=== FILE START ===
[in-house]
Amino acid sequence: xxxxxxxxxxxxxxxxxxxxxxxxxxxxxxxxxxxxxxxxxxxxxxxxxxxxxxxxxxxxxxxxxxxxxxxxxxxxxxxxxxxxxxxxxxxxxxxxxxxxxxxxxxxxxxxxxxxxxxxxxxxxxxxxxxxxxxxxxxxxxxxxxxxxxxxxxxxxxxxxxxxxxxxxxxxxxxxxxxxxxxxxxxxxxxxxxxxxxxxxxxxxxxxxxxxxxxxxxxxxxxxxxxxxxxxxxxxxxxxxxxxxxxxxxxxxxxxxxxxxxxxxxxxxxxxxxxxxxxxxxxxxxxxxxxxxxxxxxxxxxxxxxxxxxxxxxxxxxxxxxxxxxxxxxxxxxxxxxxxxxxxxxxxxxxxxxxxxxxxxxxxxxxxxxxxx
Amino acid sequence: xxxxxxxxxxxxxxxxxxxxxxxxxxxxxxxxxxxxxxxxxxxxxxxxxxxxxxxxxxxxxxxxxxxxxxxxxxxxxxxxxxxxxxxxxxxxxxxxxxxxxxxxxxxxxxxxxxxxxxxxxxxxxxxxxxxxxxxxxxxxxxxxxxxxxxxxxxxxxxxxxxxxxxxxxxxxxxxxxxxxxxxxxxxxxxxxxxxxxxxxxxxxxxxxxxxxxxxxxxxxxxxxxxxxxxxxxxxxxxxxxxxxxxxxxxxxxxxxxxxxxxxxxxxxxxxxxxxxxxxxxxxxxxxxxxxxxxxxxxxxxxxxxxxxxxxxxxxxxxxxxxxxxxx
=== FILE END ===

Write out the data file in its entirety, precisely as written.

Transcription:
[in-house]
Amino acid sequence: xxxxxxxxxxxxxxxxxxxxxxxxxxxxxxxxxxxxxxxxxxxxxxxxxxxxxxxxxxxxxxxxxxxxxxxxxxxxxxxxxxxxxxxxxxxxxxxxxxxxxxxxxxxxxxxxxxxxxxxxxxxxxxxxxxxxxxxxxxxxxxxxxxxxxxxxxxxxxxxxxxxxxxxxxxxxxxxxxxxxxxxxxxxxxxxxxxxxxxxxxxxxxxxxxxxxxxxxxxxxxxxxxxxxxxxxxxxxxxxxxxxxxxxxxxxxxxxxxxxxxxxxxxxxxxxxxxxxxxxxxxxxxxxxxxxxxxxxxxxxxxxxxxxxxxxxxxxxxxxxxxxxxxxxxxxxxxxxxxxxxxxxxxxxxxxxxxxxxxxxxxxxxxxxxxxx
Amino acid sequence: xxxxxxxxxxxxxxxxxxxxxxxxxxxxxxxxxxxxxxxxxxxxxxxxxxxxxxxxxxxxxxxxxxxxxxxxxxxxxxxxxxxxxxxxxxxxxxxxxxxxxxxxxxxxxxxxxxxxxxxxxxxxxxxxxxxxxxxxxxxxxxxxxxxxxxxxxxxxxxxxxxxxxxxxxxxxxxxxxxxxxxxxxxxxxxxxxxxxxxxxxxxxxxxxxxxxxxxxxxxxxxxxxxxxxxxxxxxxxxxxxxxxxxxxxxxxxxxxxxxxxxxxxxxxxxxxxxxxxxxxxxxxxxxxxxxxxxxxxxxxxxxxxxxxxxxxxxxxxxxxxxxxxxx